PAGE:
Dean Anna: Yeah, that’s how baseball is played. I mean every pitch matters, you know. There’s a situation on every different pitch. You have got to be on your toes. Sometimes if you are not ready for what that moment is going to bring to you it can cost your team a game, you know. So that’s a big part of baseball, just staying in the game the whole time and having that mental toughness–just knowing everything, what’s going on…
Roberto: As an infielder, do you communicate with your outfielders on the field?
Dean Anna: Yeah, you know, the right fielder and me (second baseman). We talk pretty much with every batter. We kind of know where we are going because I know if he is playing shallow or deep. Especially on guys, right-handed hitters, that maybe stay inside the ball well and hit the ball good to right field. We’ll know that he should be coming in a little shallow. So I kind of know that we’re not going to blow into each other, you know. The tough ones are when the ball is kind of sinks into center, like right center or left center. That means that you have all three players running at it. And that’s when it gets confusing, where the communication gets confusing. But with right field and second base, we’re okay out there. We kind of know where we’re staying.
Roberto: Were you hurt being selected as a late round draft instead of an early pick?
Dean Anna: No, you know, it didn’t bruise my ego at all. I was just happy to get the opportunity to play pro ball. That’s what I have always wanted to do. And you know I was going to give it my best, and I’m doing pretty good right now and stuff like that. I just wanted to have a chance, an opportunity that ‘s all you can ask for in life actually. So I’m just happy for that.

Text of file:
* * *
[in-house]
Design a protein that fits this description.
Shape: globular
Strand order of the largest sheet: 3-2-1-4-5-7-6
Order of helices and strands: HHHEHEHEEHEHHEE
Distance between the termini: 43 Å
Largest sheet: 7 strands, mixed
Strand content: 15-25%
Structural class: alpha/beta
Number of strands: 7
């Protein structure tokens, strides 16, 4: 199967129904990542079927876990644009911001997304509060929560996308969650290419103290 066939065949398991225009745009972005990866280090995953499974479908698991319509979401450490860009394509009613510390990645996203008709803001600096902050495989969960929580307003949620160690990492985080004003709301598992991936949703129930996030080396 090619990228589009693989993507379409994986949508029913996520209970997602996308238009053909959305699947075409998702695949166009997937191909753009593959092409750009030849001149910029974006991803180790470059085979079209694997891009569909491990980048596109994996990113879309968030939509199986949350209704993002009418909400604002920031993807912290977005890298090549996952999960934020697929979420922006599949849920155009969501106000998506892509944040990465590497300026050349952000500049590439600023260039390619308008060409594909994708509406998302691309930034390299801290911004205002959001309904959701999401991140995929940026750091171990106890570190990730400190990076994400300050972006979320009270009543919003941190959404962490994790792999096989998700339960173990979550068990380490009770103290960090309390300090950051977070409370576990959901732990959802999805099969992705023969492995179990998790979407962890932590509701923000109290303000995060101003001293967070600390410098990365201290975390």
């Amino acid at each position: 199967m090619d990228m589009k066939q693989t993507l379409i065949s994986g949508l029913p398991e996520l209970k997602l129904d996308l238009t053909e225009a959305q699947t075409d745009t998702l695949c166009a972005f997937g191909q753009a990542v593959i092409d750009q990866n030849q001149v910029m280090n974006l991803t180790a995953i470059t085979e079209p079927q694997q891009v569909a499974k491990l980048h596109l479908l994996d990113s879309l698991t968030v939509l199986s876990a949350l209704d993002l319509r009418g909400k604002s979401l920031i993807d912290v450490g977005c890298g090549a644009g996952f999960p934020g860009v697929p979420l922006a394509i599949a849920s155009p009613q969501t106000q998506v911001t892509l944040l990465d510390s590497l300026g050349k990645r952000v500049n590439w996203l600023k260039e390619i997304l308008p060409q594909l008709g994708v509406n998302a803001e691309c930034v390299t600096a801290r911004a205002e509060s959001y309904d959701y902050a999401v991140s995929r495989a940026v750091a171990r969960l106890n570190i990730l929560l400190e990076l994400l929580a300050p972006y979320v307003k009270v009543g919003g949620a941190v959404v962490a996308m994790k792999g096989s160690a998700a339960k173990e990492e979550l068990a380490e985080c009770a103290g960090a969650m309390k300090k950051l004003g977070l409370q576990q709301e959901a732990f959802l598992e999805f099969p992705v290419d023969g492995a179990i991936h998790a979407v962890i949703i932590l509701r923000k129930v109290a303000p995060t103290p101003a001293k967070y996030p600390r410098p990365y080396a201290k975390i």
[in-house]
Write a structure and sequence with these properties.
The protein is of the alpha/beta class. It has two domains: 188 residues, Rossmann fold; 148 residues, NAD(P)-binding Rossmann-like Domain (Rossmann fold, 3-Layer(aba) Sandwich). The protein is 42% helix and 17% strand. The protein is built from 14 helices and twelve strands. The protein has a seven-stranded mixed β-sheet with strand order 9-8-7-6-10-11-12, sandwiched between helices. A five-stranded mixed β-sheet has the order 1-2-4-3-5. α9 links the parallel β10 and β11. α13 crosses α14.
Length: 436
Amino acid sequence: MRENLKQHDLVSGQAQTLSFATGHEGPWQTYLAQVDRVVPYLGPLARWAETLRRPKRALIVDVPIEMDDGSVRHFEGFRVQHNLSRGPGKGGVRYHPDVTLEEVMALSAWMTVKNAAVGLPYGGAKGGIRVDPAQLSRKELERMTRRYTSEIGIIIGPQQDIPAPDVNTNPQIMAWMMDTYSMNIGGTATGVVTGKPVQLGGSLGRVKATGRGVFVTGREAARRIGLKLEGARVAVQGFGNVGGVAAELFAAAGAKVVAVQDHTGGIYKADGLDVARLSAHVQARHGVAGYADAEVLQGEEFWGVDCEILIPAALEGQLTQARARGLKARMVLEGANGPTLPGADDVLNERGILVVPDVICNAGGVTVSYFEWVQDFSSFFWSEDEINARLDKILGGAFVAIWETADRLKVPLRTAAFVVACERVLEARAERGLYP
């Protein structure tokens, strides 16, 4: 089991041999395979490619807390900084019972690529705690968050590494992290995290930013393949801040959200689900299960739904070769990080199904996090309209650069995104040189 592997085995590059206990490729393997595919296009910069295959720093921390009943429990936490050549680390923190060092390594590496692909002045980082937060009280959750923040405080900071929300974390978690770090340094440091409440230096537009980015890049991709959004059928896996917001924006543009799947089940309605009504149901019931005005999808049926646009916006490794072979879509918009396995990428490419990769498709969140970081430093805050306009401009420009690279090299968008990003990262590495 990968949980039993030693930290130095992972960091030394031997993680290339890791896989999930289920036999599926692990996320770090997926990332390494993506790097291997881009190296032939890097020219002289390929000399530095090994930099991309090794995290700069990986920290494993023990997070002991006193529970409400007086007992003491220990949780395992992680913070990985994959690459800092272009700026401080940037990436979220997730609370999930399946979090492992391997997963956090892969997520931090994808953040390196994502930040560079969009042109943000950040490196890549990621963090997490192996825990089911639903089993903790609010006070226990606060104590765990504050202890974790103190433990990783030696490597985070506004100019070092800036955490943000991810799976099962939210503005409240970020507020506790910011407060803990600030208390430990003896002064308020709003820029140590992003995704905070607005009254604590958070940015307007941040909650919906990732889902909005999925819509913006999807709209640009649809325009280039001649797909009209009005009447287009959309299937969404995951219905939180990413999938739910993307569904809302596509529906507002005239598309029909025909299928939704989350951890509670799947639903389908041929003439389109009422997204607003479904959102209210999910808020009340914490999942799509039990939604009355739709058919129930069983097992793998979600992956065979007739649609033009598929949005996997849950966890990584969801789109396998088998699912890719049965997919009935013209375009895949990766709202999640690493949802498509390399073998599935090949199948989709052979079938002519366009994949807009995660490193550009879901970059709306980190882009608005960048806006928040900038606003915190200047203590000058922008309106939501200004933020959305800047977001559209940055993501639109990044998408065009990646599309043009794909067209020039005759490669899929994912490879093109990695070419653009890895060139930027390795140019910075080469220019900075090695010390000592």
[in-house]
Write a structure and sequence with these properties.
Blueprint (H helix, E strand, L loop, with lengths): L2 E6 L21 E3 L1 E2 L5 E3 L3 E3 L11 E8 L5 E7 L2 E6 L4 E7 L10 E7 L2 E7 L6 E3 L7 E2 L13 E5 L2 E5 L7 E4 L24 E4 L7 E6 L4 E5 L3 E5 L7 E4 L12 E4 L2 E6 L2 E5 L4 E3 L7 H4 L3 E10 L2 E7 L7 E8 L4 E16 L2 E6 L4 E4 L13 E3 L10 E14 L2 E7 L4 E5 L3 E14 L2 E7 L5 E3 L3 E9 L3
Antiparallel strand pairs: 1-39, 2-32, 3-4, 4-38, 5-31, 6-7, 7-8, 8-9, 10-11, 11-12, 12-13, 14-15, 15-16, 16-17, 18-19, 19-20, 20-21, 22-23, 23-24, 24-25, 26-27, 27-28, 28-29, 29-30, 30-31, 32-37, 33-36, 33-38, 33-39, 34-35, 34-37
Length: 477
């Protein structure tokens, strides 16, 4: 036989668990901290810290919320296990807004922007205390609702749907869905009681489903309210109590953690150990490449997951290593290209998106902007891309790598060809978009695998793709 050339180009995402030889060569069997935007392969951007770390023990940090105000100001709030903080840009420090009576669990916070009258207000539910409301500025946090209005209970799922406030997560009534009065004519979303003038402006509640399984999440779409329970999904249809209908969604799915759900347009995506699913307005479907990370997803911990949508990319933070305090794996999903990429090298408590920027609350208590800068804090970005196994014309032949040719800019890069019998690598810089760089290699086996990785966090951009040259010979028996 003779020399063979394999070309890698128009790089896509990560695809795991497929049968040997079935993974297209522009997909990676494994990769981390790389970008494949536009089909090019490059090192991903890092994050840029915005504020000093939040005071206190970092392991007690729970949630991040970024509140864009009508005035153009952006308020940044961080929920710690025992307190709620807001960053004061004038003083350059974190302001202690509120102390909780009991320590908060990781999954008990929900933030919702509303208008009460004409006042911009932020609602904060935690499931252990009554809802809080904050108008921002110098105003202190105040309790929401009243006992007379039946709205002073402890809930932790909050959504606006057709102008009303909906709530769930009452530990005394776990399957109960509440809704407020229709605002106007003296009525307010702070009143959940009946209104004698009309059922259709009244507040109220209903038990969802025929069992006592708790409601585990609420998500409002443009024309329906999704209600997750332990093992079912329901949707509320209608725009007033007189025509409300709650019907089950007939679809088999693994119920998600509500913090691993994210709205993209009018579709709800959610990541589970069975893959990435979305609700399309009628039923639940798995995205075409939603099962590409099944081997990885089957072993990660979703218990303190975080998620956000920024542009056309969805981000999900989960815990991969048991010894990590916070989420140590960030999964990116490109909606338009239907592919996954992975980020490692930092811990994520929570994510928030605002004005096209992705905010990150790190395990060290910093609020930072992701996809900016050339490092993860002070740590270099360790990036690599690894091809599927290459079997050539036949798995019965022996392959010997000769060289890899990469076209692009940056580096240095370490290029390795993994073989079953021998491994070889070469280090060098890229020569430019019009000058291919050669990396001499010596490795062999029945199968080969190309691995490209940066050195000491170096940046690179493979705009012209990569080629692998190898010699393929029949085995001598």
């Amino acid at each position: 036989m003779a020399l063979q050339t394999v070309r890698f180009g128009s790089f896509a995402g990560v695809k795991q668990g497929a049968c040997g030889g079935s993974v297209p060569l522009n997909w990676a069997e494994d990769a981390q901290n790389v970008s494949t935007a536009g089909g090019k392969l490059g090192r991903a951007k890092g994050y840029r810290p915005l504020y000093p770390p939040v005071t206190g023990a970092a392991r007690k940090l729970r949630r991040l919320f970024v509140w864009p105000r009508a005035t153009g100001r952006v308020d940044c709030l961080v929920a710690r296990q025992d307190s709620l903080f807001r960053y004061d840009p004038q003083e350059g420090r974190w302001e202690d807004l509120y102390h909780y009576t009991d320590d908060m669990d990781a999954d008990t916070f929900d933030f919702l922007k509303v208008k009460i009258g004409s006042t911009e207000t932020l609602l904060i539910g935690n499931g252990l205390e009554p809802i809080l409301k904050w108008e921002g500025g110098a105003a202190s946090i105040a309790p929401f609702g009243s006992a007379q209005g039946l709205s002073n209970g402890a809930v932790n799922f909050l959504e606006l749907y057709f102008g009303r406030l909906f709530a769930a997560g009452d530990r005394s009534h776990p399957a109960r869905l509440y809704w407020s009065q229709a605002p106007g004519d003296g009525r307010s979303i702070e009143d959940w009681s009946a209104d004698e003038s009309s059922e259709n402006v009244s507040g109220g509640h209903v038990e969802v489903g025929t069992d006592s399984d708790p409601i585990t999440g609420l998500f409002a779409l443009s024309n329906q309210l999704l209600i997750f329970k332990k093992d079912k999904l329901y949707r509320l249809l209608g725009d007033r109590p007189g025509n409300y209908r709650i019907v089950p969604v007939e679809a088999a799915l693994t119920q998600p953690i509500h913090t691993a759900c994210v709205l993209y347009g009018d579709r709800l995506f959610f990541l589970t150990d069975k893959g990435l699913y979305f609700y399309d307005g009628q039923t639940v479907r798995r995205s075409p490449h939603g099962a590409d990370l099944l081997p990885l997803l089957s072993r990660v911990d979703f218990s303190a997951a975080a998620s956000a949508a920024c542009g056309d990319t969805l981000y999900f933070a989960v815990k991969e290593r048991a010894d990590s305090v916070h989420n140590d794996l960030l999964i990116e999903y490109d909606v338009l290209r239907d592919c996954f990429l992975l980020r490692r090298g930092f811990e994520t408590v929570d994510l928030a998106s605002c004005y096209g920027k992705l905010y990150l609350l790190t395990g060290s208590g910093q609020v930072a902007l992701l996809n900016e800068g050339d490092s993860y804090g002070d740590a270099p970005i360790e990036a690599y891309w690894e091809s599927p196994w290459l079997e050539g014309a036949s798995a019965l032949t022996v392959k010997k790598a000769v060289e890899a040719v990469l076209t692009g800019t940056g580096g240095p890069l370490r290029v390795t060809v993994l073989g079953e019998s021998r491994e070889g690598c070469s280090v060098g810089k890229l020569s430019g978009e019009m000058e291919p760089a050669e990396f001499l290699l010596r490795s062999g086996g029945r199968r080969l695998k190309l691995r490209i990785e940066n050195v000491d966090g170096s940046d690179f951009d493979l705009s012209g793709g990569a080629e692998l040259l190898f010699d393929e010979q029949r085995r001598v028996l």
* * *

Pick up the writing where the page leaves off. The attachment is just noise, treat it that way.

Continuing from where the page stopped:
Roberto: Are you ready to be called up to Major League Baseball by the Padres?
Dean Anna: Yeah, I mean I’m definitely ready if they’re ready, you know. But I’m just playing ball and having fun. It’s day-by-day. I mean I have no control over any of that stuff. I wish I was a psychic. Yeah, that would be real nice. That’s fully out of my control. I just take it day-by-day. I play as hard as I can, and you know hopefully good things will happen. Roberto: Do you stay in touch with all of your teammates who have made it to MLB?
Dean Anna: Oh yeah, we definitely do. I talk to a couple guys like (Blake) Tekkote,
Miles (Mikolas), (James) Darnell. Those guys had a great time, they’re having fun up there. They said it’s an unbelievable experience, you know their first-time, their first game. Hopefully one day I can get the same feeling.
Roberto: Are you prepared for all of the rookie pranks that go along with being in MLB?
Dean Anna: Yeah, hey, if I can get to the big leagues they can prank me everyday (laughter). Yeah, I’ll be the prank guinea pig. I don’t care (laughter).
Roberto: Do you think being five-foot-eleven and 180 pounds puts you at a disadvantage?
Dean Anna: I mean the size for me…it doesn’t really matter. Honestly, I feel like it’s not like football or basketball where you have got to be 6’6”, you got to run a 4.2 forty. Baseball is such a mental game and if you can just read between the lines well. I mean a smart baseball player…that will make you look better. Just being a smart baseball player, I think plays a big role in all that.
Roberto: Don’t you think that being a left-handed hitter has its advantages?
Dean Anna: Yeah, that definitely helps a little bit for sure. Get down the line a little quicker.
Roberto: Having only reached double digits in the stolen bases category early in your professional career, why don’t you steal more bases with the speed that you possess?
Dean Anna: You know…I’m not a big steal guy, but I have real good anticipation like when the ball is hit. I can tell if the ball is going to drop or not without looking. Like I just know that I can probably get (from) first to third with a line drive and know that the fielder is not going to catch the ball. I just got good instincts.